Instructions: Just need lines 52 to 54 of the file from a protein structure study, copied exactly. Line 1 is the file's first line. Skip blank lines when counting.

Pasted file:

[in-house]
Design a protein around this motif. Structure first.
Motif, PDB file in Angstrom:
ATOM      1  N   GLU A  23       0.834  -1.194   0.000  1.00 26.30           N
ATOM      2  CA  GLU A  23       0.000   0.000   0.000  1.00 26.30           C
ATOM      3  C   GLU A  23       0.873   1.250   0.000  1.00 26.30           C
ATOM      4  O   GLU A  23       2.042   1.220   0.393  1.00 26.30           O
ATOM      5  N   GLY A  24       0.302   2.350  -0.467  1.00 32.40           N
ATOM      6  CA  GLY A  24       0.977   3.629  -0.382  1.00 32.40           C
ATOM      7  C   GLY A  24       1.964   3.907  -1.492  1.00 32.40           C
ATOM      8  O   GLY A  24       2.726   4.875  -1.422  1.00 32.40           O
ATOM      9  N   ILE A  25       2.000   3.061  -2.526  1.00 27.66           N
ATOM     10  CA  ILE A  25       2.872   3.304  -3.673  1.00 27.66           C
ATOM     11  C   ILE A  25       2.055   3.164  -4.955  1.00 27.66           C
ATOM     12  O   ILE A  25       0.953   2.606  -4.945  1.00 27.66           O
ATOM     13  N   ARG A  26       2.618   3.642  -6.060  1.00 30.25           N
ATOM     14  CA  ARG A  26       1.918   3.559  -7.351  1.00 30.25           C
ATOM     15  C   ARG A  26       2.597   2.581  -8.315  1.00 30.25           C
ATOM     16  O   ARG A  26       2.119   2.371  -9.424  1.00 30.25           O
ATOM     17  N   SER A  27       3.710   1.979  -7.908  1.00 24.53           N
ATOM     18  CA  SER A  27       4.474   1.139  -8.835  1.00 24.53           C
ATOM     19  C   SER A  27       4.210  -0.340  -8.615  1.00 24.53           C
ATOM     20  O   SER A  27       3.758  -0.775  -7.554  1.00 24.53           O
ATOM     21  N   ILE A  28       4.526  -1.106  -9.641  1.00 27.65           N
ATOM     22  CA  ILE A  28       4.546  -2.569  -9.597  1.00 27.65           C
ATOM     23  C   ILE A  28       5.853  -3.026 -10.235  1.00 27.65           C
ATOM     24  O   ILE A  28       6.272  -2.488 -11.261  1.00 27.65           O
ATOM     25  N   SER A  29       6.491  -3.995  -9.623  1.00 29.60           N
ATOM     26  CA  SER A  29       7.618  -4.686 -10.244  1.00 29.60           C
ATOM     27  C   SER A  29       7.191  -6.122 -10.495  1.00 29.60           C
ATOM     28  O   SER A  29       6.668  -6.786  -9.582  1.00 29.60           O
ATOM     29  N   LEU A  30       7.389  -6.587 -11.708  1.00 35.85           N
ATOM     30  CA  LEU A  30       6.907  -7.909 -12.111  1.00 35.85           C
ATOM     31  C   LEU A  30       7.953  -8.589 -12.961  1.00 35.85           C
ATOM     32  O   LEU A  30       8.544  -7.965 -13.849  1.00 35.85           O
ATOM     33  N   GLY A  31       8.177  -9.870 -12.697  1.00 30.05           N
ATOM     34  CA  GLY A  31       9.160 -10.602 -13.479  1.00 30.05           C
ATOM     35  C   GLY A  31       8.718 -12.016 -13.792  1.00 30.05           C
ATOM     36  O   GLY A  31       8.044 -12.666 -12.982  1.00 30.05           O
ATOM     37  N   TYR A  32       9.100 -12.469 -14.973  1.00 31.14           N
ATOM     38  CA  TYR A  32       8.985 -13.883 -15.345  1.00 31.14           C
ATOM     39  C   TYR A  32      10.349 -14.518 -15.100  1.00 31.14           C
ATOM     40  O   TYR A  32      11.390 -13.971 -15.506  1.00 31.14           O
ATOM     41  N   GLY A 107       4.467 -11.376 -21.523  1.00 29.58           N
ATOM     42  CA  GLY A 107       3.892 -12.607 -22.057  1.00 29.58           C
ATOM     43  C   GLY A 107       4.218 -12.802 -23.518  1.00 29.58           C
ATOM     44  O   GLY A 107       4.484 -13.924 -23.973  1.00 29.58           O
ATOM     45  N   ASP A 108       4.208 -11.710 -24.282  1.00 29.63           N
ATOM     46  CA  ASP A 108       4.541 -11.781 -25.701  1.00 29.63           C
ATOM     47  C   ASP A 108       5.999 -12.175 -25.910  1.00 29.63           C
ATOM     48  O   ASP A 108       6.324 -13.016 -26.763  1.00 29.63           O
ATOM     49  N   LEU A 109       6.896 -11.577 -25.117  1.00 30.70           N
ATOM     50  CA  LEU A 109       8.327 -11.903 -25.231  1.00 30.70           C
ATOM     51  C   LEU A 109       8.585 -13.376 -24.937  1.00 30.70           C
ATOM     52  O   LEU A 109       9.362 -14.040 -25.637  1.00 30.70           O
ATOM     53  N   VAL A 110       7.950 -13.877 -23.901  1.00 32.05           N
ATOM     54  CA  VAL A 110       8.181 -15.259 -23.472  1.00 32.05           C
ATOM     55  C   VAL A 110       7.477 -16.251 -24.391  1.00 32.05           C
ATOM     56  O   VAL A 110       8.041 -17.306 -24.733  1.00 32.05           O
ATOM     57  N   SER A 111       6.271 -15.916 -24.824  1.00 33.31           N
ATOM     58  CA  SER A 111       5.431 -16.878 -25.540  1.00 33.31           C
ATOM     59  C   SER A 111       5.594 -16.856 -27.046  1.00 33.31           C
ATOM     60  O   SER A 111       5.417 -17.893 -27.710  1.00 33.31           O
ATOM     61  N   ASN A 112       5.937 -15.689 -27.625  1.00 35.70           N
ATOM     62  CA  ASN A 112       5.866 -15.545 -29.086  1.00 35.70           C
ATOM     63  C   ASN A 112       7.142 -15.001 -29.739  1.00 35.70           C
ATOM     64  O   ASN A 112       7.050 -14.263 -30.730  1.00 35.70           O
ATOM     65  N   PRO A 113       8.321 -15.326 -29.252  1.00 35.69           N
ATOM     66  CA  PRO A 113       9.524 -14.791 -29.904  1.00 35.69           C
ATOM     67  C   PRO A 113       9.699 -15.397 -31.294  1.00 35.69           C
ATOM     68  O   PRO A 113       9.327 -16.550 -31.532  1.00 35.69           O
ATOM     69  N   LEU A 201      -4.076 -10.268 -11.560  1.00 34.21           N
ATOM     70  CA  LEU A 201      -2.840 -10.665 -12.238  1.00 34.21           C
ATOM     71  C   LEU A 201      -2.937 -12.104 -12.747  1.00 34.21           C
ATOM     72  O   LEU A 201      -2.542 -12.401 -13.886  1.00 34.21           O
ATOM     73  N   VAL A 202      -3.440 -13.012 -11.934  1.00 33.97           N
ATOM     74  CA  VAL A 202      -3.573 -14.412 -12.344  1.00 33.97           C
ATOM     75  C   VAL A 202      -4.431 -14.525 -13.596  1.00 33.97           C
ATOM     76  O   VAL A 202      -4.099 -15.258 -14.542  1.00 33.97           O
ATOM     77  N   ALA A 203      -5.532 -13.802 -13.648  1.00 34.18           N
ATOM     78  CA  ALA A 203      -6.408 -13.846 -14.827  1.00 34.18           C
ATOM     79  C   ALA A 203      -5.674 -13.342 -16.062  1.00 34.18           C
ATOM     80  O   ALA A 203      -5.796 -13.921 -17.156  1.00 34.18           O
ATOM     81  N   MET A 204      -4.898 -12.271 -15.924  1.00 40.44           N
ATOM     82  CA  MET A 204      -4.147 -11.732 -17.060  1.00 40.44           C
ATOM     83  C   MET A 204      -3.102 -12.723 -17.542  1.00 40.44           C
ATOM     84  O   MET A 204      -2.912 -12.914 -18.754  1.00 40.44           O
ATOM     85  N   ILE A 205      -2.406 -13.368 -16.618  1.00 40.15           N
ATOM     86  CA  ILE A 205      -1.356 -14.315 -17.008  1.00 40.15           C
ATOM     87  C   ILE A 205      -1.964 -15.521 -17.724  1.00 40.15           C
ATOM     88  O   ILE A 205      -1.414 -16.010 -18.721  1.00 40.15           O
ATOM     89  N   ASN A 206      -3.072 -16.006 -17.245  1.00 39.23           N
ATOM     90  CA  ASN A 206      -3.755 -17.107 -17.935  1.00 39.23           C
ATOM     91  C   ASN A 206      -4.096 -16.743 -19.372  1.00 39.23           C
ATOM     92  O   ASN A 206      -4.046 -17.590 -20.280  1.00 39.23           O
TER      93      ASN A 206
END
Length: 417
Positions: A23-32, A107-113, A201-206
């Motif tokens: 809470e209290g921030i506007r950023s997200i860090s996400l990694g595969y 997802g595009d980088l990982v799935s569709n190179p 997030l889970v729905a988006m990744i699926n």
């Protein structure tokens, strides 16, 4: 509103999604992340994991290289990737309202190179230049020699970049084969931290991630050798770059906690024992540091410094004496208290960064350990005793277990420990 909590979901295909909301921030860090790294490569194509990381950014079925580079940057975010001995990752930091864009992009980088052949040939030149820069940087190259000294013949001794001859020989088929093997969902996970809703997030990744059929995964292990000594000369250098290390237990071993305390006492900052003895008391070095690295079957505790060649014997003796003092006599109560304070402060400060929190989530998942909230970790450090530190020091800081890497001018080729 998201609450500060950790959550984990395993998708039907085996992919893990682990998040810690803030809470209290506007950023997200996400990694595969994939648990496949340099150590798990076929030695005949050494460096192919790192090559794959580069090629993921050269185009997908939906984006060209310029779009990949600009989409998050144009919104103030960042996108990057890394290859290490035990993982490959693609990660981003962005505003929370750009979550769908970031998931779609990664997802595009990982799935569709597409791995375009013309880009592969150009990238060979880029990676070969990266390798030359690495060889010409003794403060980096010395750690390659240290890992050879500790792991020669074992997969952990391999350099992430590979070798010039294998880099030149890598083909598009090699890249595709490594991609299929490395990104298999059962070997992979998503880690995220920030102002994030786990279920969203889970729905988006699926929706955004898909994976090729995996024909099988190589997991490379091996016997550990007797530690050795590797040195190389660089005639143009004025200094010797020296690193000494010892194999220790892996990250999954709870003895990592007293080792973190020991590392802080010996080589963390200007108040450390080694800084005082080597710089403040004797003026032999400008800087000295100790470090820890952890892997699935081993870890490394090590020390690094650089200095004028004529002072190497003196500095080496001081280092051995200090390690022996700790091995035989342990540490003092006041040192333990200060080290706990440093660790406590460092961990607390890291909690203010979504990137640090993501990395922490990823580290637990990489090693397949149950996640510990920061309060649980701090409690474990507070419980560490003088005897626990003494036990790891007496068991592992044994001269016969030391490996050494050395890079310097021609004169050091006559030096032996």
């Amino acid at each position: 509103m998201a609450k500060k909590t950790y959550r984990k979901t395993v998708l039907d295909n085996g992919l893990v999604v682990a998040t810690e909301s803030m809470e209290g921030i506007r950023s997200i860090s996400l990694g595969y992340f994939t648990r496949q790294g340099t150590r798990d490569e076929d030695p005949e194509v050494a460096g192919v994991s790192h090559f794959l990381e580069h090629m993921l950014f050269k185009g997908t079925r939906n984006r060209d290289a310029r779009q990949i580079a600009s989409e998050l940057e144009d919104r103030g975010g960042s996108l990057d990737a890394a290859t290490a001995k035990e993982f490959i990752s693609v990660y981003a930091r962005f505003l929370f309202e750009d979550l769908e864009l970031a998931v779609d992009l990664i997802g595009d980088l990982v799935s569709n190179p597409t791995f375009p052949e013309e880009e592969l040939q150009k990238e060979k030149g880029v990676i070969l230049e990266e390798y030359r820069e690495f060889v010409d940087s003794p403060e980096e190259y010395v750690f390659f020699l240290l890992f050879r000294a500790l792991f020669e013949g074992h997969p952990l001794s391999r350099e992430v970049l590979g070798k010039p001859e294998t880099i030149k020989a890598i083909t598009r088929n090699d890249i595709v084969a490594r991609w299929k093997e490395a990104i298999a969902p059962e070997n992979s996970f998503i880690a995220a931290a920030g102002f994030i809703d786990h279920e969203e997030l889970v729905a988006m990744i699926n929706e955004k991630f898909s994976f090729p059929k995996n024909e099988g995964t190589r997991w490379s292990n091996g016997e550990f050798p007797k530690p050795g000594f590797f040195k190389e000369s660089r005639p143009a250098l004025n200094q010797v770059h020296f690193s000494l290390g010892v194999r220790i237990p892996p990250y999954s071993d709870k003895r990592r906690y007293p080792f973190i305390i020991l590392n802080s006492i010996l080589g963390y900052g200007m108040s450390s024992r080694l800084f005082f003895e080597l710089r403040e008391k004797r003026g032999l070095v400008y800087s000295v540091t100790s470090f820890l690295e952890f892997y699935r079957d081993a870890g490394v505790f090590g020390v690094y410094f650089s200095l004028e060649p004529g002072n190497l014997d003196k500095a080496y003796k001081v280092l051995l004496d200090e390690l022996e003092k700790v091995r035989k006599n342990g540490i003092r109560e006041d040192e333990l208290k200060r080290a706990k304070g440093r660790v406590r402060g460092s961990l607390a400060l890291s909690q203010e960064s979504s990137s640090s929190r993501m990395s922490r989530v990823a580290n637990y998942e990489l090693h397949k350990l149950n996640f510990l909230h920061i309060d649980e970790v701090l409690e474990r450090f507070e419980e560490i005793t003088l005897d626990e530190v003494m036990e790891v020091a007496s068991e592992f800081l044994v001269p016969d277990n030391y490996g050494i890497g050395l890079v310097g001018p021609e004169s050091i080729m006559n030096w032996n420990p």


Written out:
ATOM     49  N   LEU A 109       6.896 -11.577 -25.117  1.00 30.70           N
ATOM     50  CA  LEU A 109       8.327 -11.903 -25.231  1.00 30.70           C
ATOM     51  C   LEU A 109       8.585 -13.376 -24.937  1.00 30.70           C